USD School of Law Professor Orly Lobel Shares Her Research on Amicus with Dahlia Lithwick and in an Article in Slate

Professor Orly Lobel

SAN DIEGO (August 28, 2018) – Professor Orly Lobel has been featured in multiple news sources in the month of August. With her perspective on nondisclosure agreements and further discussion of her new award-winning book, You Don’t Own Me: How Mattel v. MGA Entertainment Exposed Barbie’s Dark Side, Professor Lobel shares her insight into how nondisclosure agreements are becoming a new standard demand from employers and corporations.

Professor Lobel was quoted in the Slate article, New York Should Pass a Law to Protect Omarosa, arguing for there to be broad reforms when it comes to nondisclosure agreement policies in the workplace. In the referenced article, Lobel discusses how nondisclosure agreements have “grown not only in number but also in breadth” over the years. While there are currently many important legal exceptions to the enforceability of NDAs, there is still much that can be added to protect employees from these silencing and limiting agreements. Lobel further discussed the possible new legislations that could contribute to the effort to “ban secret settlements in the case of sexual harassment claims” in her article titled NDAs Are Out of Control. Here’s What Needs to Change for Harvard Business Review.

Professor Lobel was also featured in Amicus as part of Slate’s Series of Great Books. In the interview, Barbie, Bratz, and Who Owns Your Dreams? Lobel discusses the background to her book, You Don’t Own Me: How Mattel v. MGA Entertainment Exposed Barbie’s Dark Side, involving a fascinating examination of a landmark legal battle between Barbie and Bratz dolls. Lobel states that one of her goals in writing the book was to get “legal dynamics that are occurring in the entertainment and toy industries into the public mind”.  She also delves into how these cases can relate to the #MeToo movement and the current political atmosphere, emphasizing how nondisclosure agreements are becoming more prevalent in today’s society, with employers and large corporations very often having standard contracts to try to “fence the ideas, innovation, skills, and experience of whoever they hire through these generic clauses, essentially signing away their freedom to move on.”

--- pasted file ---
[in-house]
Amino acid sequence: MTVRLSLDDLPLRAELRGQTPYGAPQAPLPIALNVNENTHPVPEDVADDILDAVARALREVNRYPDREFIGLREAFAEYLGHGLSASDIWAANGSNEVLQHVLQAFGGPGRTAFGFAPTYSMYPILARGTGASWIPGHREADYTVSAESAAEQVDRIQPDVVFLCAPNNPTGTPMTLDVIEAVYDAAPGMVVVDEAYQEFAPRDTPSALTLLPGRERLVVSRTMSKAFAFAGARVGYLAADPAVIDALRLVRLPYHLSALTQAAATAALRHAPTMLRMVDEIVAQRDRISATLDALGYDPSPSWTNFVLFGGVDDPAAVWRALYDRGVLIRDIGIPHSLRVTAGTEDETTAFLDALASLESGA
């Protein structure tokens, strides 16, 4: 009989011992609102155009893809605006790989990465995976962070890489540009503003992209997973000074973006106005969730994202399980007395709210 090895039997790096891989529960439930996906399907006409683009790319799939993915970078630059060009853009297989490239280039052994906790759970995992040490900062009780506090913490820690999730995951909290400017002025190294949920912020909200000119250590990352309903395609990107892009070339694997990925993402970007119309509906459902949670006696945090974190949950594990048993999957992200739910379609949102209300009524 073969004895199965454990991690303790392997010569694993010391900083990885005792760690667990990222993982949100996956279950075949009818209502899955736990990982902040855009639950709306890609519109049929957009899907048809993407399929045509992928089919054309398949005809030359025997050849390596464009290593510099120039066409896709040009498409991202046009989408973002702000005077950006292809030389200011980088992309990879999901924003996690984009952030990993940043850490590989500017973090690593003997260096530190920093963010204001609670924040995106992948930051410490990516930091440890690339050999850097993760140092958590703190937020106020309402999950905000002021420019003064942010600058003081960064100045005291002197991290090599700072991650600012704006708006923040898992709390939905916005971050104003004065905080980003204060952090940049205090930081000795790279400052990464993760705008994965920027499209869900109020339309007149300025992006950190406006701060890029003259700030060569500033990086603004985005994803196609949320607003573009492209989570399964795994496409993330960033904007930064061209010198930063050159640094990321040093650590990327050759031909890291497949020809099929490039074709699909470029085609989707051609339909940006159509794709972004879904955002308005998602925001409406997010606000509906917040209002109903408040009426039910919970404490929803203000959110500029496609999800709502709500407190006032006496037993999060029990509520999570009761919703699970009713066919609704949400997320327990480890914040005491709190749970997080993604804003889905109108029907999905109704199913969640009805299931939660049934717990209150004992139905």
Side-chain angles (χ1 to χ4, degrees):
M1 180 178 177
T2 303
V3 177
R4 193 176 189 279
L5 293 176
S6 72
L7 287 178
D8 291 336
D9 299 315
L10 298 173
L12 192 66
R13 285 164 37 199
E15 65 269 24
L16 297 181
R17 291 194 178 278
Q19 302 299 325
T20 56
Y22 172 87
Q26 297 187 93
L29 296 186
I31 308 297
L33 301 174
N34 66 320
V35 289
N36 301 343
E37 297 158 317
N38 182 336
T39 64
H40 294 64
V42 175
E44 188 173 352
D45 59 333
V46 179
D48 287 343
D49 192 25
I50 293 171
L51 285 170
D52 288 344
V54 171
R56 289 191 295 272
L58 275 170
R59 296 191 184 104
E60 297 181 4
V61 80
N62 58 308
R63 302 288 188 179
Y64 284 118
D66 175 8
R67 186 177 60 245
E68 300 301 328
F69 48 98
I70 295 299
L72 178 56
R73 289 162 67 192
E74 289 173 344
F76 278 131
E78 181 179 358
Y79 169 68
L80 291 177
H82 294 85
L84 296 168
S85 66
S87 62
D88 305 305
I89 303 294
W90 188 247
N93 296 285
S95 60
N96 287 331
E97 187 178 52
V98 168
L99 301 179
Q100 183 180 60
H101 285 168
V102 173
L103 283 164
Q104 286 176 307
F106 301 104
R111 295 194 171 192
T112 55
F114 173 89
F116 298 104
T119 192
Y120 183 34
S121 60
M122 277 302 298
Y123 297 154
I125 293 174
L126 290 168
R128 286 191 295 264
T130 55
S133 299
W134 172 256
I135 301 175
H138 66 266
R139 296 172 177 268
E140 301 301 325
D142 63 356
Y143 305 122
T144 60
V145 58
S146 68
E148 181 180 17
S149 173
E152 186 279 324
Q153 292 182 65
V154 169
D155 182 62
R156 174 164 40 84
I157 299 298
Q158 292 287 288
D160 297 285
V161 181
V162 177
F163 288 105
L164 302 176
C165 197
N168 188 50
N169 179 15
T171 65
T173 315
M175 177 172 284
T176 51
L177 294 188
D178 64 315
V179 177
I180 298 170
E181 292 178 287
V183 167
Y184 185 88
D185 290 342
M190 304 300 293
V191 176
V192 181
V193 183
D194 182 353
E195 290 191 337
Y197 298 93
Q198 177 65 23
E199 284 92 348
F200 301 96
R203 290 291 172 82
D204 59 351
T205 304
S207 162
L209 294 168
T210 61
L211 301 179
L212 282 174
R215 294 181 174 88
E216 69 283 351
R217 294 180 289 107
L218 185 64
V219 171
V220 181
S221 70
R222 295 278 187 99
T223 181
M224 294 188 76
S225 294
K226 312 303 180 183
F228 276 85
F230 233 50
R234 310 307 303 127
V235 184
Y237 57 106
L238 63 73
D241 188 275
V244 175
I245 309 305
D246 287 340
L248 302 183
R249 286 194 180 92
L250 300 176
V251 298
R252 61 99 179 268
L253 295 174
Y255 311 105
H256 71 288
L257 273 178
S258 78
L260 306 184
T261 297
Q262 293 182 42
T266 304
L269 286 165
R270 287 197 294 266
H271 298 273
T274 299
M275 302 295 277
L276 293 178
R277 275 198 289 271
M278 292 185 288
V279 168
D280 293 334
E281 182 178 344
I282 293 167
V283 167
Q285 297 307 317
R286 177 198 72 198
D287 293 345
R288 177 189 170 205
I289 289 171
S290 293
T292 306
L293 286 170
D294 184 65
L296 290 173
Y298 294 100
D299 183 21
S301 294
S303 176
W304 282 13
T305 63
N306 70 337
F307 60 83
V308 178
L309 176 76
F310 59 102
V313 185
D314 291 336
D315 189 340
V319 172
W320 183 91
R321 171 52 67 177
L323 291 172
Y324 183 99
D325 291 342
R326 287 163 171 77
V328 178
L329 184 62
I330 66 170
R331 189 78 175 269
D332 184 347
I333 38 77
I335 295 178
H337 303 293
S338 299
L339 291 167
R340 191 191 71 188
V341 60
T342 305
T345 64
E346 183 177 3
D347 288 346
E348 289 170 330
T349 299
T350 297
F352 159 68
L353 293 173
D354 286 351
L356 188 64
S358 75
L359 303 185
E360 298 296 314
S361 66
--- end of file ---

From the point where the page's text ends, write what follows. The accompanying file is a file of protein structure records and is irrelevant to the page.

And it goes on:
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About the University of San Diego School of Law

Recognized for the excellence of its faculty, curriculum and clinical programs, the University of San Diego (USD) School of Law educates approximately 800 Juris Doctor and graduate law students from throughout the United States and around the world. The law school is best known for its offerings in the areas of business and corporate law, constitutional law, intellectual property, international and comparative law, public interest and taxation.

USD School of Law is one of the 84 law schools elected to the Order of the Coif, a national honor society for law school graduates. The law school's faculty is a strong group of outstanding scholars and teachers with national and international reputations and currently ranks 35th nationally and 6th on the West Coast among U.S. law faculties in scholarly impact and 20th nationally and 4th on the West Coast in past-year faculty downloads on the Social Sciences Research Network (SSRN). The school is accredited by the American Bar Association and is a member of the Association of American Law Schools. Founded in 1954, the law school is part of the University of San Diego, a private, independent, Roman Catholic university chartered in 1949.


Erin Rehley
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